On the beaches of Friendly Cove, I could get a log anywhere. Sometimes they would practically drift up to my shop door. The great thing about having access to so much wood is that after a lot of trial and error I could determine which types of trees were best for carving different types of projects, and still have logs left over for more work.
Even before attending Gitanmaax, I could experiment with different trees to see how they felt while carving, what type could withstand the environment, which ones produced too much pitch (tree sap), how much absorption to expect from different trees, and so much more.
For the purpose of this entry, I want to focus on totems. As a carver, I have to decide first how my customer is going to display their totem pole or figure. I have to ask the right questions such as where it will be displayed (inside or outside), if it will be exposed to direct sun or rain, if it will be outdoors but undercover, and how much maintenance the customer intends to put in to the totem. For example, almost all carvings only require light dusting with a dry cloth and refreshed with salad oil each year. But a yellow cedar item tends to attract darker particles requiring a lot more attention.
My go-to wood of choice for almost all totems is red cedar. It looks great indoors and is easy to carve on. Customers who have seen The Welcome Pole at Friendly Cove usually react with the same question: “Why is it grey?” That’s the joy of living by salt water. The salt air inevitably changes the wood’s colouring to grey, just as it does all driftwood. If you’ve seen the totems at Haida Gwaii, you’ll notice that they too have weathered from the salt air.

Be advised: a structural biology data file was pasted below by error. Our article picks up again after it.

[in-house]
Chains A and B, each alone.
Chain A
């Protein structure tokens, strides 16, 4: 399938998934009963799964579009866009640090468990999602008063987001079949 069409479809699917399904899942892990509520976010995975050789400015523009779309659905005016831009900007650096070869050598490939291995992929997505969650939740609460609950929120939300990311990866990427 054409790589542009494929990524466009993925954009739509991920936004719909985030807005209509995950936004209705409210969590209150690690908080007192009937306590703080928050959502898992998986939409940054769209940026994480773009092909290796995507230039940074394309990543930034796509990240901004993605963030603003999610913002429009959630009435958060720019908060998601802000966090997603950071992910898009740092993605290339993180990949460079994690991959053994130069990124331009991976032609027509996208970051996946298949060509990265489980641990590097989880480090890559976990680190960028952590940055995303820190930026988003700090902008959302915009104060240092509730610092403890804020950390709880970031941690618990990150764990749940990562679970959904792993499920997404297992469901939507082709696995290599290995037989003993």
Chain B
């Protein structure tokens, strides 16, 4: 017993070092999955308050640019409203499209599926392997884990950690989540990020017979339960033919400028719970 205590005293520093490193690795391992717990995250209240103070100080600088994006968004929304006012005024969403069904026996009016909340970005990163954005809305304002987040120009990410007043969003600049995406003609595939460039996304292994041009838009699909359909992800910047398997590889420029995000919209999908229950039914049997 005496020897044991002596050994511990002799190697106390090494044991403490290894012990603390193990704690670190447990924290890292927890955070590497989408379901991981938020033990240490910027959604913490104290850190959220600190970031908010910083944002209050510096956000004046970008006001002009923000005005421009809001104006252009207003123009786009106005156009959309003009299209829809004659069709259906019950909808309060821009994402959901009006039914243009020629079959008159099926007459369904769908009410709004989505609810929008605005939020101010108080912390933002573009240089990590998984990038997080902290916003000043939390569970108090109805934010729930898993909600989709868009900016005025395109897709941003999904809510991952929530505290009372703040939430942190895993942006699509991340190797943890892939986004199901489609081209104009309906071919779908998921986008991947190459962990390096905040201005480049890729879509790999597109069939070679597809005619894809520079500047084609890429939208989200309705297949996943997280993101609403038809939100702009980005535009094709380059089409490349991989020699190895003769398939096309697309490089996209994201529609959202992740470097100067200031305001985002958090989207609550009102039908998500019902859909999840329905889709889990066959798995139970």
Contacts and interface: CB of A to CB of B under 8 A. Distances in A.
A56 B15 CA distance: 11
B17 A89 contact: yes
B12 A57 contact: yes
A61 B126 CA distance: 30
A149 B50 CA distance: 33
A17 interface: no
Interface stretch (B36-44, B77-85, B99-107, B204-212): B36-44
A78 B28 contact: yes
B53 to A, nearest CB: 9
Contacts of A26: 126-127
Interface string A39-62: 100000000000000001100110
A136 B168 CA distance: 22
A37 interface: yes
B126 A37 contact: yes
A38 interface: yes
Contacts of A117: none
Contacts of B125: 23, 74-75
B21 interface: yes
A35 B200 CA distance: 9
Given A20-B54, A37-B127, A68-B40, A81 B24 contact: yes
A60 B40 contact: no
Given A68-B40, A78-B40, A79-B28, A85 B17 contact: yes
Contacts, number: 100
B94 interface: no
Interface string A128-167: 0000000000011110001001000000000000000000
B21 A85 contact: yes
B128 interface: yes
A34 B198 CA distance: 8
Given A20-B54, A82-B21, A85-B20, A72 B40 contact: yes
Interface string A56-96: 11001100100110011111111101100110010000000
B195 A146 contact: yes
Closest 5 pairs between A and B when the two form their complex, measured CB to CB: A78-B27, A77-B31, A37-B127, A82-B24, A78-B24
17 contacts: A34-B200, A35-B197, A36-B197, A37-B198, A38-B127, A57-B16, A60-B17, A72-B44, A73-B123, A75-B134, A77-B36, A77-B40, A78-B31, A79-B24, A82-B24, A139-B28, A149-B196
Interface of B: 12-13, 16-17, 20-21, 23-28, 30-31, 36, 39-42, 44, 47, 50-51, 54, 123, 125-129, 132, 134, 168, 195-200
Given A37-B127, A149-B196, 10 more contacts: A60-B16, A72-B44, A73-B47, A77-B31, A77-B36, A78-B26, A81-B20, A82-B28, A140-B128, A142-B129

Last year I had a client request a yellow cedar pole. It was the first time I carved with yellow cedar, and I was a bit concerned of how the pole would look after a short time. Even after carving and cleaning it up, the odd marking (i.e. a fingerprint) looked dark against the yellow. This pole would require constant attention. Sure, it’s a soft wood to work with and takes paint beautifully. Colour on yellow cedar just pops and looks stunning. But it’s soft for a reason. It absorbs water easily and takes a lot more time to dry.
Well-meaning neighbours have offered to give me their logs to work with, but I have had to refuse because the logs they want to be rid of aren’t easy to work with. Fir is an example of a very heavy, hard wood that produces too much pitch. Alder has the tendency to rot quicker. If you are a carver who is accepting wood, be careful that what people wish to discard won’t cause a safety hazard for you or will expose your existing materials to pests and toxins. All too often, people wish to get rid of wood because they experienced a pest problem or salvaged wood from a forest fire. None of these materials should be accepted.
The ideal way to care for your totem is to display it indoors, away from heat. If it is in a dry environment (exposed to air conditioners or will be transported inland to a dry climate), prepare to maintain the wood to slow down the cracking process.
Lastly, cracks will happen. It’s just the way it is. I’ve yet to see a totem pole without cracks over time.
According to our custom, once a totem pole falls, its intention is to return back to Mother Earth. Let’s hope that your freshly carved totem includes good support in its foundation and a little love with some dusting and vegetable oil to be enjoyed for many generations!
(And if you choose to re-raise a repaired pole…well…I won’t tell if you won’t.)